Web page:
The mystery behind the movie that set the Muslim world aflame – and its impact on the US election

There’s a fog of ambiguity growing ever thicker behind the murders of Chris Stevens, the US ambassador to Libya, and three diplomatic colleagues when their consulate in Benghazi was overrun and destroyed three days ago.

The fuse that ignited the attack – and sparked the all-too-predictable, viciously anti-Western mayhem across much of the Muslim world, which will no doubt continue unfettered for some time – was a tacky, tasteless film, entitled ‘The Innocence of Islam’, mocking the prophet Muhammad.

Originally, it was touted as being the handiwork of an ‘Israeli-American’ called ‘Sam Bacile’ (imbecile more like it) until the Associated Press  tracked him down to southern California and revealed his likely true identity – Nakoula Basseley Nakoula, a convicted fraudster.

The man appears to be a 55-year-old Egyptian Coptic Christian rather than an American-Israeli, as wrongly claimed in earlier reports. And, according to The Atlantic magazine, a ‘consultant’ working on the project confirmed Bacile was a pseudonym and not an Israeli.

If this proves correct, the devious motives of Nakoula/’Bacile’ could be interpreted as those of a dangerous maverick agent provocateur, seeking to discredit one religion and lay blame on another.

A 14-minute trailer of the movie – reminscent of the controversial cartoons published in a Danish newspaper in 2006 – is reported to have been posted on YouTube in June. Yet it has taken two months for incandescent rage to be whipped up and the shoddy, shamateurish film’s provenance to be investigated.

One fact is telling about the date of the storming of the US legation in Libya, the killings of Ambassador Stevens and subsequent outrage that exploded across Muslim lands: it happened on 9/11 and the 11th anniversary of the mass slaughter in 2001 of over 3,000 innocent civilians on American soil.

DESTRUCTION DERBY: Rioters attacking the American embassy in Yemen

Small wonder then that intelligence sources believe the seminal date is no coincidence. And the angry, spontaneous protests, they say, were no such thing, but carefully pre-orchestrated demos, inspired by Islamo-fascist extremists to celebrate the anniversary of the dastardly attacks, hailed by many in the East as a victory over the West.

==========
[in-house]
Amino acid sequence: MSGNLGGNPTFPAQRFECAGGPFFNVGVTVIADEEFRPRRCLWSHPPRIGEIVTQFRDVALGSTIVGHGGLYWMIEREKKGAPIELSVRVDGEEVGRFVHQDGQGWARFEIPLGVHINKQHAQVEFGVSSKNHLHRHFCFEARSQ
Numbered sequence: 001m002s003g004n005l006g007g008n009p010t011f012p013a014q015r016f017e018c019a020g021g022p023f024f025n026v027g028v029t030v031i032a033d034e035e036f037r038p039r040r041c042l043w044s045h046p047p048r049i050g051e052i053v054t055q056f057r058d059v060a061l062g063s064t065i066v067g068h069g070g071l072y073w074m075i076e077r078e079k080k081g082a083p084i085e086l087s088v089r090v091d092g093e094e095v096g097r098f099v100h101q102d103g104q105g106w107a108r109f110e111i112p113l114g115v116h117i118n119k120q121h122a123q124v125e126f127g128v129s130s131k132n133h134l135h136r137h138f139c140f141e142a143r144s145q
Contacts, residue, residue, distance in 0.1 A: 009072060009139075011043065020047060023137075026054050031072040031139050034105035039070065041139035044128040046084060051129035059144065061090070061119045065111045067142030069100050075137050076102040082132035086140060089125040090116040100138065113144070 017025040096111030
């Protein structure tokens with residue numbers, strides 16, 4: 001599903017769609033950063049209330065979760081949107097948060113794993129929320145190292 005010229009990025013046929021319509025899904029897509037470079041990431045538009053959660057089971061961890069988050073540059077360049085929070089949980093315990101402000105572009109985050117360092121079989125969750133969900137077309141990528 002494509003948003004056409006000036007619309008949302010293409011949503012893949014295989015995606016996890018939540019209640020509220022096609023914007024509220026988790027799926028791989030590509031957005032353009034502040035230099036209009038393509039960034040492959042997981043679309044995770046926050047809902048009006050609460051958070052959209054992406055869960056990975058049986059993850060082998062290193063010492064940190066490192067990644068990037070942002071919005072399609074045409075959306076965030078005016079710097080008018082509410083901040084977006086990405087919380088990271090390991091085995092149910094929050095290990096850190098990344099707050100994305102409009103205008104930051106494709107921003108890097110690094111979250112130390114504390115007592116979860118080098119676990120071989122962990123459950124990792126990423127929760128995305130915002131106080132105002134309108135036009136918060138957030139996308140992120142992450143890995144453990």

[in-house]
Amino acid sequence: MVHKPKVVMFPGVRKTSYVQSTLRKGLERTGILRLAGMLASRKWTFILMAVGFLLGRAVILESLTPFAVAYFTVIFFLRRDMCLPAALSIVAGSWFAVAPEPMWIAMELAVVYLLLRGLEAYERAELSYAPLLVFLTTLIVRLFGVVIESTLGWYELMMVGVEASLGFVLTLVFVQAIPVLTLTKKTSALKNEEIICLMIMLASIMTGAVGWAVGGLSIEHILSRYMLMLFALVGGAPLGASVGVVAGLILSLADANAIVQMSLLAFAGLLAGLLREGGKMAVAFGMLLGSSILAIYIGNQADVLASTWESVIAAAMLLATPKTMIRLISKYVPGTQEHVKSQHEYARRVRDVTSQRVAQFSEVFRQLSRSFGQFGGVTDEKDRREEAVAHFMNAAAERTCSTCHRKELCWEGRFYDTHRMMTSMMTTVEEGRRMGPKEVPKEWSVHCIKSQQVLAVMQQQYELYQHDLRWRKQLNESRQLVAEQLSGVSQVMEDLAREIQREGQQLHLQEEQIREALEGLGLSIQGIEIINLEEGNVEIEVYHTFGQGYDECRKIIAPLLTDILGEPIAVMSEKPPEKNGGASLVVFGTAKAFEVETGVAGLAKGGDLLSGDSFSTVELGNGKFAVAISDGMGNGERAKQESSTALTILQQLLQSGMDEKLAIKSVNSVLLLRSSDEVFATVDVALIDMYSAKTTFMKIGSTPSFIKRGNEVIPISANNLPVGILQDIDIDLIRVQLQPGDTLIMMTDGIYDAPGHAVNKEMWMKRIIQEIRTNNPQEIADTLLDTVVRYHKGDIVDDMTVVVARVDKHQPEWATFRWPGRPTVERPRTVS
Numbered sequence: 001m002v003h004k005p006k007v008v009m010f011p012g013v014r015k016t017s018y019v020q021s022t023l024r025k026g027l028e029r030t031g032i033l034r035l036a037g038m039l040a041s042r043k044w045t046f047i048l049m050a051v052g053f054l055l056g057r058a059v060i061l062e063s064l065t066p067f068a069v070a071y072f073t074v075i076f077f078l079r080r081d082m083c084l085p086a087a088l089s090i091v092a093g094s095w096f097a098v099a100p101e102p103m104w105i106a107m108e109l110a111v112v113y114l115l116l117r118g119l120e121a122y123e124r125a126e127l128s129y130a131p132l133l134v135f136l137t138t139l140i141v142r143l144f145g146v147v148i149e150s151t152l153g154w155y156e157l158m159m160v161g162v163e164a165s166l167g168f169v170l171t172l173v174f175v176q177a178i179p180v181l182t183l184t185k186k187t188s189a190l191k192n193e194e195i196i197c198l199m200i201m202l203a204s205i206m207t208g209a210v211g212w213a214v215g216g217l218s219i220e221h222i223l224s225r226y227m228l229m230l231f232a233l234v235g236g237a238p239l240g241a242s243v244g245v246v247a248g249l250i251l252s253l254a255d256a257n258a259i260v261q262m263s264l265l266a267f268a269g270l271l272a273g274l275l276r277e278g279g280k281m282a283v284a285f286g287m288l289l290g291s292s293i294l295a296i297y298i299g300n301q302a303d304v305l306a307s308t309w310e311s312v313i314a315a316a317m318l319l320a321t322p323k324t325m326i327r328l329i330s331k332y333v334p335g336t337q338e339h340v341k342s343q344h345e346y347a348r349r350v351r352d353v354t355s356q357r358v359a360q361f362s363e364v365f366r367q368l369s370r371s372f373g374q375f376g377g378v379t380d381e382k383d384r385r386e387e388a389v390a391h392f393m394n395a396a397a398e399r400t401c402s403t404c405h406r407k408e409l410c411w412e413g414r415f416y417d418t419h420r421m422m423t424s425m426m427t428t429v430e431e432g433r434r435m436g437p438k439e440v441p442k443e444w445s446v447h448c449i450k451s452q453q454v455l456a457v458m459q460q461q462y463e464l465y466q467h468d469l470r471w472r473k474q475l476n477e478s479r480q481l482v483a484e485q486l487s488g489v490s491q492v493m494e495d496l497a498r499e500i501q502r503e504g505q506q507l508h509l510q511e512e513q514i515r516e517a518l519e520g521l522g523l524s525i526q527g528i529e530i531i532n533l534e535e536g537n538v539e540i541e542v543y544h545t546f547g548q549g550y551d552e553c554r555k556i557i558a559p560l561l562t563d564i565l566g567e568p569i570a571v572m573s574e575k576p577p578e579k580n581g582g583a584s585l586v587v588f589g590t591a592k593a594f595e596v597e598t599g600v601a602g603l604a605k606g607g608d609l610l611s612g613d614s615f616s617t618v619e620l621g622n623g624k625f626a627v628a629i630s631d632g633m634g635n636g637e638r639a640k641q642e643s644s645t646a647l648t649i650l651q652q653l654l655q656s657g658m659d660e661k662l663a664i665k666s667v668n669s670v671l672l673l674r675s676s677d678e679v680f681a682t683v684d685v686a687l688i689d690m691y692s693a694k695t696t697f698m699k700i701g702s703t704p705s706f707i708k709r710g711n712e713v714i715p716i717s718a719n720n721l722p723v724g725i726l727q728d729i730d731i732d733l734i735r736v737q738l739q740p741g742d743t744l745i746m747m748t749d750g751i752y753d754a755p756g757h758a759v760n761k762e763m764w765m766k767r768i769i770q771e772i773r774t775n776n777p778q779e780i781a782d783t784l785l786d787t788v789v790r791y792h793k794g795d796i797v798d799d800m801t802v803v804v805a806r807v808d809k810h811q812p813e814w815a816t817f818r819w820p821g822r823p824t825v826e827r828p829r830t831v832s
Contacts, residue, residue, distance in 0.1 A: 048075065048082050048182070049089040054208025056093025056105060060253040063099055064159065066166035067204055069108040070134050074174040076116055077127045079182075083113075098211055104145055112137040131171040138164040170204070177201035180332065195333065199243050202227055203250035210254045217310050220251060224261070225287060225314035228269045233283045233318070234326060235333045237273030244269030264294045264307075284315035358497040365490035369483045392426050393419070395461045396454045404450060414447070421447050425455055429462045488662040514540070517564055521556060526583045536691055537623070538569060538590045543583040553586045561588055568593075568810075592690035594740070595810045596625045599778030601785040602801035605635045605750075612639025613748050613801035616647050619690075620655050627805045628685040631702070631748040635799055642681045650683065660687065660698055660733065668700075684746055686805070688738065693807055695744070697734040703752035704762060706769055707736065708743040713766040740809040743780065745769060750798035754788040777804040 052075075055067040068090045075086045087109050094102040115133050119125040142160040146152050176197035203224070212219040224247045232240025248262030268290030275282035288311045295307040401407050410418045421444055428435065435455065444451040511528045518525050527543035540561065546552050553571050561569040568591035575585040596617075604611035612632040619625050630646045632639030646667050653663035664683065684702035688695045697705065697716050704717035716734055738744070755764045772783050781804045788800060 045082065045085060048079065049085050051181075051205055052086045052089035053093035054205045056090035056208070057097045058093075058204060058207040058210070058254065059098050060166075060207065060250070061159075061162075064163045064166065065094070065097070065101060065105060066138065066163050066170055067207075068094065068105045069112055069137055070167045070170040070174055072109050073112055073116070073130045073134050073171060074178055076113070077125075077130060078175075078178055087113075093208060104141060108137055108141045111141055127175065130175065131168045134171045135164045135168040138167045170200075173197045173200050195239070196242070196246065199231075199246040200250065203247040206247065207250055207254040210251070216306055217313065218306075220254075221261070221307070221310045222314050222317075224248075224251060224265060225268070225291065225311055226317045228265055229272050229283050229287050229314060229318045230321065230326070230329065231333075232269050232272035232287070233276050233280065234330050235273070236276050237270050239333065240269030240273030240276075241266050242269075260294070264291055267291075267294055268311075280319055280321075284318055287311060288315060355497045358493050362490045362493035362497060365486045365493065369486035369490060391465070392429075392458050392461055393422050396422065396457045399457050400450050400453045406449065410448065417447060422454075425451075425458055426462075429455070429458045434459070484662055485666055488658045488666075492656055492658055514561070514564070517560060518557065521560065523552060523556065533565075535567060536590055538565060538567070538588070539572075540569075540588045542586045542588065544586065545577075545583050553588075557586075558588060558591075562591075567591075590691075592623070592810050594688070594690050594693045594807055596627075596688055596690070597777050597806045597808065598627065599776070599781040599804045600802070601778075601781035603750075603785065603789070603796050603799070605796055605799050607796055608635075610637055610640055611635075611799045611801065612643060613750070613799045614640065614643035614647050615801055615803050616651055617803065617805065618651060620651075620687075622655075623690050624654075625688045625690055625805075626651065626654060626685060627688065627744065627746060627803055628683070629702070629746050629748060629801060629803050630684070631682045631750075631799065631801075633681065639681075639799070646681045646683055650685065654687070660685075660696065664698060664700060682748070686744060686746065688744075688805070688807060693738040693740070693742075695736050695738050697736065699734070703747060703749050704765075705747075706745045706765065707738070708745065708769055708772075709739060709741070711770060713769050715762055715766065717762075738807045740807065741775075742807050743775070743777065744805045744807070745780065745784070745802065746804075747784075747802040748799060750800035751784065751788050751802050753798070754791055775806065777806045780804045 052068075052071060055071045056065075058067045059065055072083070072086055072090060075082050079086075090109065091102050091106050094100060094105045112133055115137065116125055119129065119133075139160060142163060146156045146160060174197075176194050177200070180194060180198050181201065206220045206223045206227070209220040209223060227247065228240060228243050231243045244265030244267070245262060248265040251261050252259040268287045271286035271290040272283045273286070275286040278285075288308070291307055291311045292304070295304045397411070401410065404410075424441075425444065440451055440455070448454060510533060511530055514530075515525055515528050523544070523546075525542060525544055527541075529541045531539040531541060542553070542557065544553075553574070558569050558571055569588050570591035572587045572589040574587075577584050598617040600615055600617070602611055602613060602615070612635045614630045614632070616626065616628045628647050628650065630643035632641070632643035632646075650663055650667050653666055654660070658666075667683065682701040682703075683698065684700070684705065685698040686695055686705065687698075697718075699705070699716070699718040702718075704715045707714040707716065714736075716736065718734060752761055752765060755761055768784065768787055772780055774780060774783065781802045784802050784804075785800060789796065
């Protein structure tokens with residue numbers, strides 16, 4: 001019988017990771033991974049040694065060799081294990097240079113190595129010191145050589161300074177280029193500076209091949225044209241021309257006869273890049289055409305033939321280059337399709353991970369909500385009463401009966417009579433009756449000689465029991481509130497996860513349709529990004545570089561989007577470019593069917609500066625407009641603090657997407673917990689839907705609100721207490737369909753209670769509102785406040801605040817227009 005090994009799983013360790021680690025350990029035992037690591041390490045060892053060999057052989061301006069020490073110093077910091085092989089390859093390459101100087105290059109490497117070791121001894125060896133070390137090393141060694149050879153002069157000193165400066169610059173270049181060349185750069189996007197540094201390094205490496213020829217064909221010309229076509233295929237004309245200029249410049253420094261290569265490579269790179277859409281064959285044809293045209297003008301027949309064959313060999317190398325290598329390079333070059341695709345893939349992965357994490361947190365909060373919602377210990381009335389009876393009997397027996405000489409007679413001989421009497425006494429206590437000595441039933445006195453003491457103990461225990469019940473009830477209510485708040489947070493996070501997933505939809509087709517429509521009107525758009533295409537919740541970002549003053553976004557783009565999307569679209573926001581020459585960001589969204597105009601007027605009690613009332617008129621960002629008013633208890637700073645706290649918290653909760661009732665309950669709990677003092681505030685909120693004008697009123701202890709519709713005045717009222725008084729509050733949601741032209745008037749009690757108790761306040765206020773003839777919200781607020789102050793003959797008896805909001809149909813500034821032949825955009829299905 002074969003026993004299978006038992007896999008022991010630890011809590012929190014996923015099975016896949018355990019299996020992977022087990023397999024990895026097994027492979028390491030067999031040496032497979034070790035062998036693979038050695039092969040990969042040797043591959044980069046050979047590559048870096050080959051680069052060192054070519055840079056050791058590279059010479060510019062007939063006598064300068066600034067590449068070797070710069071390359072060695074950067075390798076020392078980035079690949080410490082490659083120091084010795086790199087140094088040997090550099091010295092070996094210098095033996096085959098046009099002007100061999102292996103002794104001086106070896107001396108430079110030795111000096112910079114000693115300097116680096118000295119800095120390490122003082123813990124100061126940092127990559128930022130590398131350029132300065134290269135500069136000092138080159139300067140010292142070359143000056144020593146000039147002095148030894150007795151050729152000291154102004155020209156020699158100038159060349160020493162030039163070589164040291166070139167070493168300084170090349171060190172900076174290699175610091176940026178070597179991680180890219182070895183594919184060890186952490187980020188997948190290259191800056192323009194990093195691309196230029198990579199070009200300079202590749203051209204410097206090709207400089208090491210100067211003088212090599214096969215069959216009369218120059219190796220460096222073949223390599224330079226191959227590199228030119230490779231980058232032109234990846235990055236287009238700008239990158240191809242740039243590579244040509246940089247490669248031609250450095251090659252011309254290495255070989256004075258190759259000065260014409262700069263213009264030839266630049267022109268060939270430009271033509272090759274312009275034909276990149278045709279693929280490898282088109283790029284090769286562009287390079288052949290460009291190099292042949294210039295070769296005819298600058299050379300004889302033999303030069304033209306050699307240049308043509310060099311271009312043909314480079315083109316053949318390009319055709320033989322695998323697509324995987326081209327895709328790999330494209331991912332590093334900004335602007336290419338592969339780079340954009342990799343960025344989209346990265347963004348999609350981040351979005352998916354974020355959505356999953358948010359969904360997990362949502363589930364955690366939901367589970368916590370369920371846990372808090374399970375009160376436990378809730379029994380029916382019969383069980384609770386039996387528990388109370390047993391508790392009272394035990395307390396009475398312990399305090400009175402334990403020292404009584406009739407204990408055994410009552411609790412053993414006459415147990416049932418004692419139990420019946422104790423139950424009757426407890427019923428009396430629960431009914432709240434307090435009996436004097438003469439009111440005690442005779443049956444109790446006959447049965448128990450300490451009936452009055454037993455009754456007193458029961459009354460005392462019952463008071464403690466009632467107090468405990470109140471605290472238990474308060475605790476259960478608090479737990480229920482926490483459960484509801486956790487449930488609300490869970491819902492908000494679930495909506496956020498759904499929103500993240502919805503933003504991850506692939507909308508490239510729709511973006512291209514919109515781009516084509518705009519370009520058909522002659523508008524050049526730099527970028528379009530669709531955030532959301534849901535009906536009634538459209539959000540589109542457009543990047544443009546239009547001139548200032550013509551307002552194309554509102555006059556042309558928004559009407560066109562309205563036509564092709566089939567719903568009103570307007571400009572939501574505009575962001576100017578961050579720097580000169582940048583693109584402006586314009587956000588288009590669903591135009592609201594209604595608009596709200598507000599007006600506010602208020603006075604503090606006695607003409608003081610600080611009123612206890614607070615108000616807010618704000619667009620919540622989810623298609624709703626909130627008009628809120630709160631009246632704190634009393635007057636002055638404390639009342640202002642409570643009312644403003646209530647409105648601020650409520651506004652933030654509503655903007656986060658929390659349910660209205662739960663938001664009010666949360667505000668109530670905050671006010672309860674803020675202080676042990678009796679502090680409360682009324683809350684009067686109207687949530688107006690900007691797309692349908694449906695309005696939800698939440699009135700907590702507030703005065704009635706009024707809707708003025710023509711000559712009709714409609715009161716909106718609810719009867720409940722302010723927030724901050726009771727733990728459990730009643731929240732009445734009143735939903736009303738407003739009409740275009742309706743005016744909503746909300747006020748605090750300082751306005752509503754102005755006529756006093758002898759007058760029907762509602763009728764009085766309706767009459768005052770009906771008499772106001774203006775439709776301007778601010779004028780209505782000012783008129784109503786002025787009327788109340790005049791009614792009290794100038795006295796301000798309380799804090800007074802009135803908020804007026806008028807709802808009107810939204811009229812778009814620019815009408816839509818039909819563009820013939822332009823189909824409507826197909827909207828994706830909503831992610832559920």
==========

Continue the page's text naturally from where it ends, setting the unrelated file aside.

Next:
The response to the blasphemous movie also calls into doubt President Obama’s policy of appeasement towards the Muslim world at a crucial moment when he bids for re-election.

Many Americans – Democrats as well as Republicans and the vacillating undecided – aren’t convinced the words of rapprochement of the Obama administration are worth the paper they’re written on and wonder whether their first black leader is a reincarnation of Jimmy Carter, arguably the worst President elected since World War Two.

Carter’s one-term presidency was torpedoed by his dithering over the 1979-1981 Iran hostages scandal, how to counter the Soviet invasion of Afghanistan and his mismanagement of the economy, when the country was suffering from ‘stagflation’, in which inflation was high, growth low and unemployment soaring (sound familiar?).

Like Carter, despite his slick rhetoric, Obama displays all the hallmarks of being too soft on America’s foes and failing to master a flagging economy.

Although still marginally ahead of his Republican opponent, Mitt Romney, in the polls – and lucky he’s not facing as formidable a challenger as Ronald Reagan was for the inept Carter – seismic incidents, like the slaughter of US diplomats abroad and sustained attacks against American missions in the tinderbox of the Middle East, could blow him off course.

Obama has two months to right the ship of state, but as British Prime Minister Harold Wilson once tellingly observed, ‘A week is a long time in politics.’

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